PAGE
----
Judge Beverly B. Martin (Photo: John Disney/ALM) Judge Beverly Martin, U.S. Court of Appeals for the Eleventh Circuit (Photo: John Disney/ALM)

Despite citing “compelling evidence” that the Georgia General Assembly racially gerrymandered two metro Atlanta legislative districts to assure Republican wins in 2016, a federal three-judge panel has refused to enjoin the new lines as unconstitutional.

Judge Beverly Martin of the U.S. Court of Appeals for the Eleventh Circuit, who authored the majority opinion, said the process that led the Georgia General Assembly in 2015 to redraw two politically competitive state House districts to benefit Republican incumbents was “decidedly not” fair and effective representation of voters, most of whom are African-American.

The panel—which also included Judges Timothy Batten and William Duffey Jr. of the U.S. District Court for the Northern District of Georgia—refused to grant the injunction in its June 1 ruling because the case “turns on a credibility determination, where one side has taken an oath that race was not a factor in how the redistricting lines were drawn, and the other side is not in a position to swear that it was,” Martin wrote.

While the panel agreed an injunction wasn’t warranted, Martin’s majority opinion questioned the veracity of legislative staff who testified in pretrial depositions and the ultimate fairness of the redistricting process drew sharp criticism from Duffey in a separate concurring opinion.

Duffey’s blunt critique, in turn, prompted equally sharp rejoinders by the majority in what, at times, amounted to a bare-knuckle verbal brawl among the panelists.

Duffey criticized the majority for finding anything “compelling” about evidence presented on behalf of the Georgia chapter of the NAACP or disenfranchised residents of District 105 in Gwinnett County and District 111 in Henry County, who sued the State of Georgia and Secretary of State Brian Kemp last year.

Calling the NAACP’s case “weak” and “circumstantial,” Duffey said the facts presented by the plaintiffs did not support the other panelists’ “unnecessary and overreaching statement that the plaintiffs’ case is ‘compelling.’”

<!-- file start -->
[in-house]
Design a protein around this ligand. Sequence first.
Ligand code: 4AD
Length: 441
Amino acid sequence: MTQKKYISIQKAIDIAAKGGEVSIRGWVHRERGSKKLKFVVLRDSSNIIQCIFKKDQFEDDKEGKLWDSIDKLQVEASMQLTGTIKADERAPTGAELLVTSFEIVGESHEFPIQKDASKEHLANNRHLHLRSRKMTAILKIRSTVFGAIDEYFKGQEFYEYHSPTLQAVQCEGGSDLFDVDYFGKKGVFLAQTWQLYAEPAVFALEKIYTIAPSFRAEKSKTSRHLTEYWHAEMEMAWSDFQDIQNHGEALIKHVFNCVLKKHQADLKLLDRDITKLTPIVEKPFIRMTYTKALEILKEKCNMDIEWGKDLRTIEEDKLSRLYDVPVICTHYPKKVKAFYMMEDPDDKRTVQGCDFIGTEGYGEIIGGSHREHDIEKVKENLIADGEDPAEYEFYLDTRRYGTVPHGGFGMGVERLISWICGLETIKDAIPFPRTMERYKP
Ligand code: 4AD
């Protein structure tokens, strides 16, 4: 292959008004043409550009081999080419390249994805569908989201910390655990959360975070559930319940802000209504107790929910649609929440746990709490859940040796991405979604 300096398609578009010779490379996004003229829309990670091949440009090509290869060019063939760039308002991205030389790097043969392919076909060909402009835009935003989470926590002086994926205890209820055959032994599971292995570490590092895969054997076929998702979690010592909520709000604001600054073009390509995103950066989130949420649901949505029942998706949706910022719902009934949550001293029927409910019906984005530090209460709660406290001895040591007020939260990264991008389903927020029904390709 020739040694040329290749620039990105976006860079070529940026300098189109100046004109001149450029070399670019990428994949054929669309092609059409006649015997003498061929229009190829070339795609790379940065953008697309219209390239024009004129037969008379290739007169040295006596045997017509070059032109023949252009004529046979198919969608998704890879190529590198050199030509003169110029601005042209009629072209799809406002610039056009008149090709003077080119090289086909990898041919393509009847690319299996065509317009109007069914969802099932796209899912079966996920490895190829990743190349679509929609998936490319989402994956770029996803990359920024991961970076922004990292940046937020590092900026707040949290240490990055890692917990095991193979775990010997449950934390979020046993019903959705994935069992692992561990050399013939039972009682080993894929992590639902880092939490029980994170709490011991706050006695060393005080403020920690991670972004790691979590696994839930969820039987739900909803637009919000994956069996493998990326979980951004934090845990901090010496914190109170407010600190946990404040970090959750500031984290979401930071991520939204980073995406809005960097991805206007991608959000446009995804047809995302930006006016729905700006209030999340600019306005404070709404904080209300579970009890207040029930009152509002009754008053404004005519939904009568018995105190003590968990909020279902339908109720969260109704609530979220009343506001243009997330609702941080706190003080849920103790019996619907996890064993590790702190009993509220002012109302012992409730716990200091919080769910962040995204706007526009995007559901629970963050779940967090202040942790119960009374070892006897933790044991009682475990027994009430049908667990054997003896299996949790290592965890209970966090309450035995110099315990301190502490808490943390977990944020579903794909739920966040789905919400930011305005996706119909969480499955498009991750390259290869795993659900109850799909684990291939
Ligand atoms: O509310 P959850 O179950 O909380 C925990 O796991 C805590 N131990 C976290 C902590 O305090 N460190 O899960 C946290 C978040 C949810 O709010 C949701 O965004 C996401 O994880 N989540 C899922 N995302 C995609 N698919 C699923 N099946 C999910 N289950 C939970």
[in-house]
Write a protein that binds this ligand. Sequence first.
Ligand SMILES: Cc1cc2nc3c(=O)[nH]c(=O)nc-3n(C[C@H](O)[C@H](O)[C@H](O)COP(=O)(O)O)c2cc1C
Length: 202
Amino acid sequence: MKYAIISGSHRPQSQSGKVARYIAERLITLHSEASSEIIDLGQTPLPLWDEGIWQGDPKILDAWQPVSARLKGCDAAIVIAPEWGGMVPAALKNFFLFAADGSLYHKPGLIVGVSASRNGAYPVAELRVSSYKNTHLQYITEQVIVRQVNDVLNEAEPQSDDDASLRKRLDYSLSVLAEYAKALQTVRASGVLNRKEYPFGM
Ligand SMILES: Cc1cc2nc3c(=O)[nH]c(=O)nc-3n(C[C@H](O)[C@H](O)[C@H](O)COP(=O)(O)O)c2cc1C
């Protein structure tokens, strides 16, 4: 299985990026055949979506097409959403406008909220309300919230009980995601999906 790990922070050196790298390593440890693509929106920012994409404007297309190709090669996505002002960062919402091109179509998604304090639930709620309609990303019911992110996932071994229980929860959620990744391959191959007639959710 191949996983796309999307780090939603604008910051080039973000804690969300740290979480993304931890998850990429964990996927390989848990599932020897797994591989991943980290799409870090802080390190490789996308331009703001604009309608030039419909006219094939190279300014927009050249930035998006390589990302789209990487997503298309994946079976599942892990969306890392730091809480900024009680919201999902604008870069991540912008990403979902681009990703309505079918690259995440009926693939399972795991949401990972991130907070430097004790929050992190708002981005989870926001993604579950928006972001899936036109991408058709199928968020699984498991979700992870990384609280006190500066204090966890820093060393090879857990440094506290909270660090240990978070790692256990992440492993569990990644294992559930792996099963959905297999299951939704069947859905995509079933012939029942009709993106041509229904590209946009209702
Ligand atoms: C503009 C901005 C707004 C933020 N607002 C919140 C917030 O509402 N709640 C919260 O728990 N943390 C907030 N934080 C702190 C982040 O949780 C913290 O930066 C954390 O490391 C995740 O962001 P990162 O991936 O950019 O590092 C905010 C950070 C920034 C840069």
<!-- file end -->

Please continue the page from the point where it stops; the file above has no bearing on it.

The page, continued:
Duffey also took issue with what he described as “editorial-like statements made about this state’s redistricting and election processes.”

“The majority opinion, in some cases rather directly, and in other cases by innuendo, impugns the veracity of state employee witnesses who testified in depositions under oath,” he said. “It is in my view inappropriate, at this stage of the case and on the record here, to malign a witness by suggesting they have offered false testimony when they have not had the opportunity to testify in person at a hearing.”

Martin fired back. “When our review of the record revealed contradictions in the testimony presented to us, we have viewed it as our obligation to take those complexities into account,” she wrote.

Testimony by Gina Wright, executive director of the Georgia Legislative and Congressional Reapportionment Office and staff member Dan O’Connor, “are sometimes at odds with other evidence in the record,” Martin wrote.

“For that reason,” Martin added, “We reject [Duffey’s] veracity characterizations.”

“Ms. Wright and her colleagues openly undertook to help Republican incumbents,” Martin continued. “In doing so, the 2015 redistricting moved many black voters from districts where their votes would have made an impact into districts where they did not. Do voters know the people they elect can and do shed their own voters to improve their ability to be reelected?”

The suit was filed last year in federal court in Atlanta by nearly a dozen attorneys working with the national nonprofit Lawyers’ Committee for Civil Rights Under Law on behalf of the Georgia NAACP and voters in those districts.

William Custer, a partner at Bryan Cave in Atlanta and a Lawyers’ Committee member, said the plaintiffs are disappointed the preliminary injunction was denied.

“We are highly gratified that the majority of the panel found that there is compelling evidence that race predominated in the redrawing of Districts 105 and 111,” Custer said. “We thus remain confident in our legal position as the case progresses from here.”